As a wardrobe stylist on the speaking circuit, educating companies on the Do's and Don'ts of proper workplace attire, I admit I am not a fan of the move toward Business Casual, or, as this article more accurately phrases it, "Business Whatever." That said, the dressing-down trend has been great for business (MY business, that is) because...for many people, when you give ‘em an inch they'll take a mile. Whereas professional dress code rules are relatively clear cut, there’s a lot of grey area under the umbrella term, "Business Casual," and that's how you end up with employees wearing sweatshirts and flip-flops to the office...and thus the need to bring in someone like me to get them back on track.
This article from The Hustle offers explanation on how the pendulum swung so far. Do you know which tech company coined the first "Casual Friday?" Or which jeans manufacturer created the first "Guide to Business Causal" for the sole purpose of pushing a low-sales product? Read via link to left on to find out.
I was thrilled by the invitation from Kendra Scott at The Summit to be a Guest Stylist at their recent VIP event. Who doesn't love playing in someone else's jewelry box?! In addition to helping guests find just the right pieces to add to their wardrobes, I gave a brief talk, sharing a few accessorizing tips.
"Accessories are what make an outfit a little bit more YOU." - Kate Spade
Clients often ask me, “What can I add to my wardrobe this season to keep it fresh and on-trend?” This Spring/Summer, that something happens to be an accessory! The Statement Earring is hotter than ever, especially those including tassels, raffia and/or acrylic. Whether in vibrant color (my personal fave) or pretty pastel, when it comes to statement jewelry, keep in mind that bigger is better. The beauty of a bold piece is that it can be a standalone accessory, making for easy dressing!
Not feeling something colorful? Then consider a larger earring in classic metallic - perfect with a pretty neckline that shouldn’t be disturbed with a necklace, but that still needs accessorizing. Actually, the proportions of statement earrings can be quite face flattering.
Don’t overload yourself with large pieces, this will only diminish their impact, not to mention overwhelm you. I like to have “breathing space” between my statement pieces. For example, if I am going to wear a statement necklace, then all that is needed is a simple stud. If I want to wear an additional piece with statement earrings, I might skip a necklace (hello, breathing space) but wear a cuff bracelet.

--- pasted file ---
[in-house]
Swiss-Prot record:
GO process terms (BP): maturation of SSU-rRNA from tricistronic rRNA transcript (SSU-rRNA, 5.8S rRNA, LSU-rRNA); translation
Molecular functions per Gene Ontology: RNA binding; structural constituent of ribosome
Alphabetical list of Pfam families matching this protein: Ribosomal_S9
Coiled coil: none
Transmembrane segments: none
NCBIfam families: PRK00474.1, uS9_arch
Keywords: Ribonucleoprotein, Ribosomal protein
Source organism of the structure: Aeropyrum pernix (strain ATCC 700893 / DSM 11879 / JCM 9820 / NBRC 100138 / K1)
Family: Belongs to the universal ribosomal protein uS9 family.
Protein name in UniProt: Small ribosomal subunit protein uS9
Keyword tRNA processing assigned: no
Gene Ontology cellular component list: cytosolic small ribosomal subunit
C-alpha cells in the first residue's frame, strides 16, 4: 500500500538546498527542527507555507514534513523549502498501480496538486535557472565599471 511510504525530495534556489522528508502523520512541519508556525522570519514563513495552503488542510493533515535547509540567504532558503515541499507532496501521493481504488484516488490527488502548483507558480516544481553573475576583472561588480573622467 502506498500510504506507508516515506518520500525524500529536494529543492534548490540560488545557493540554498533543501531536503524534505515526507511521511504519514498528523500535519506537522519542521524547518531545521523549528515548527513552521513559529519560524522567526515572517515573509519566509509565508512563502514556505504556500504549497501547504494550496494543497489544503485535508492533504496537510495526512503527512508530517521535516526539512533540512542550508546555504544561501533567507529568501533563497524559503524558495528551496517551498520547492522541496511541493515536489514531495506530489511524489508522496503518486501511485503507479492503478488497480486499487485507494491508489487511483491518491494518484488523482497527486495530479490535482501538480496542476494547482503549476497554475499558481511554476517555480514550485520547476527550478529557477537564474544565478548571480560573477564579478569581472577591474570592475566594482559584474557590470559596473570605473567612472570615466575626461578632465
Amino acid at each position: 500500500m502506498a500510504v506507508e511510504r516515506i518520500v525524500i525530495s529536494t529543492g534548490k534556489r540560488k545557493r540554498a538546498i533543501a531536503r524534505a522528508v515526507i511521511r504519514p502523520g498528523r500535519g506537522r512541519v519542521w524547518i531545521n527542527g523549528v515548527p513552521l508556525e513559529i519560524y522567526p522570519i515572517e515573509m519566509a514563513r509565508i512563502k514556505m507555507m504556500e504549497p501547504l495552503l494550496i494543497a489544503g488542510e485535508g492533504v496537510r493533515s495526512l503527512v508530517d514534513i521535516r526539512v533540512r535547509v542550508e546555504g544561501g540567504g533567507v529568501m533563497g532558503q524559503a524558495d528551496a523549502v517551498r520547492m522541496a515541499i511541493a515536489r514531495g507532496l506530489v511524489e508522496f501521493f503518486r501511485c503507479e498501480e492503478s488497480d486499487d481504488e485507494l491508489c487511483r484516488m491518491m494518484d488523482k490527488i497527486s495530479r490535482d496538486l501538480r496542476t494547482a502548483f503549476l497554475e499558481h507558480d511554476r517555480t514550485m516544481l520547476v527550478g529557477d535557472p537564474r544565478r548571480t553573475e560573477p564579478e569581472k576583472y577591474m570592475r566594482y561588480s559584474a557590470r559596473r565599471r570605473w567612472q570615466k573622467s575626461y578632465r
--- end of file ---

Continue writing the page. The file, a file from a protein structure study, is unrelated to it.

In this stylist’s opinion, everyone should have in their wardrobe both silver and gold necklaces and earrings. The pieces in each set do not need to match, in fact my personal preference is that they coordinate, but do not match. I recommend both a short and long necklace in each metal - or else one that is long enough to double. My guideline for how to choose a necklace: short over skin, long over cloth. But in many cases, like with a scoop neck, you can wear both at the same time, creating a contemporary layered look. As for the earrings, a delicate hoop is ideal - this ever-versatile shape is large enough to offer visual balance, but thin enough to avoid too much visual weight.
Upon hearing “Woodstock,” often the images in one’s mind’s eye are of sweaty young folk clad in bell bottoms and flower crowns. Today, the word “Coachella” is as much about Spring's Californian music festival as it is the fashion trends it has inspired.
A brief look at the history of musical festivals reveals that, while many of us would like to trace their origins to Woodstock, which was held from August 15 -18, 1969, on a dairy farm in New York, these gatherings actually date back to the Pythian Games in ancient Greece, where musical competitions and acts were the highlight of entertainment for the wealthy upper class. Through the years festivals continued throughout Europe, finally catching on in America in the 1950’s via the Newport Jazz Festival - think Billie Holiday, Ella Fitzgerald, Louis Armstrong, Frank Sinatra, Duke Ellington, Miles Davis, John Coltrane, and Nina Simone. Interestingly, what started out as an older, wealthy crowd was overtaken by youth who camped out in tents to enjoy the music. Sound familiar? 1967’s Monterey Pop Festival, headlining the likes of Janis Joplin, The Who, Simon & Garfunkel and the Mamas & the Papas, was a prelude to Woodstock. Fun fact: it was there that Jimi Hendrix famously lit his guitar on fire.
While it may not have been the first, Woodstock remains the festival that kindled all others - setting the bar for not only great music but, perhaps more important, a spirit of camaraderie, acceptance, and free expression of self. The bohemian vibes conjured on Yasgur’s farm thread their way through the fashion choices of today’s festival goers: joining the still-present bell bottoms and flower crowns are feathers, vintage tees, earthy tones, lace, and lots of artisan jewelry. The look has become so popular it now serves up style inspo outside of the concert crowds. Check out our inspired examples on these pages, and visit www.b-metro.com for photos of style icons frolicking at this summer’s Sloss Fest.
More than 32 million people* attend at least one music festival each year. Here are some of the most popular offerings around the US: SXSW: Austin, TX (March) Ultra: Miami, FL (March) Coachella: Indio, CA (April) Hangout: Gulf Shores, AL (May) Governor’s Ball: New York, NY (June) Bonnaroo: Manchester, TN (June) Sloss Fest: Birmingham, AL (July) Lollapalooza: Chicago, IL (August) Outside Lands: San Francisco, CA (August) Burning Man: Black Rock, NV (August/Sept)
Written & Styled by Tracy James Clothing & Accessories from fab’rik Homewood Photography by Chuck St. John Hair: Billy Halliday of Forecast Salon Makeup: Ashley Bush of Forecast Salon Model: Sydney Fiddler of Red Models Shot on Location at Sloss Fest 2017